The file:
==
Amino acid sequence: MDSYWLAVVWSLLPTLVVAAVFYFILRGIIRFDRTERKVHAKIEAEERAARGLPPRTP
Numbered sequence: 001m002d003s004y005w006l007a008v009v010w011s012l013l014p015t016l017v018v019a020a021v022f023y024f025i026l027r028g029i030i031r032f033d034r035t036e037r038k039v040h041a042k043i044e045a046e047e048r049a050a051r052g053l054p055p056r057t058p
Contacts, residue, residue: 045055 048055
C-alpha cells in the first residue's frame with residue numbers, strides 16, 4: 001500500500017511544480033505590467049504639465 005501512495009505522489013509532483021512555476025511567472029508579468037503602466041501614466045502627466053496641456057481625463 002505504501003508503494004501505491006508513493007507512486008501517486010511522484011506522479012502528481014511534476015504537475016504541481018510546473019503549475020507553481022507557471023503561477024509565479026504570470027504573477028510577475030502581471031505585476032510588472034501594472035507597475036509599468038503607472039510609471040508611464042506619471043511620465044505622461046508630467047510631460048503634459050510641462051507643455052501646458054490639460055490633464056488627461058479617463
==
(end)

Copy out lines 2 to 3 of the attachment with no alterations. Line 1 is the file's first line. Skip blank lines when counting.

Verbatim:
Numbered sequence: 001m002d003s004y005w006l007a008v009v010w011s012l013l014p015t016l017v018v019a020a021v022f023y024f025i026l027r028g029i030i031r032f033d034r035t036e037r038k039v040h041a042k043i044e045a046e047e048r049a050a051r052g053l054p055p056r057t058p
Contacts, residue, residue: 045055 048055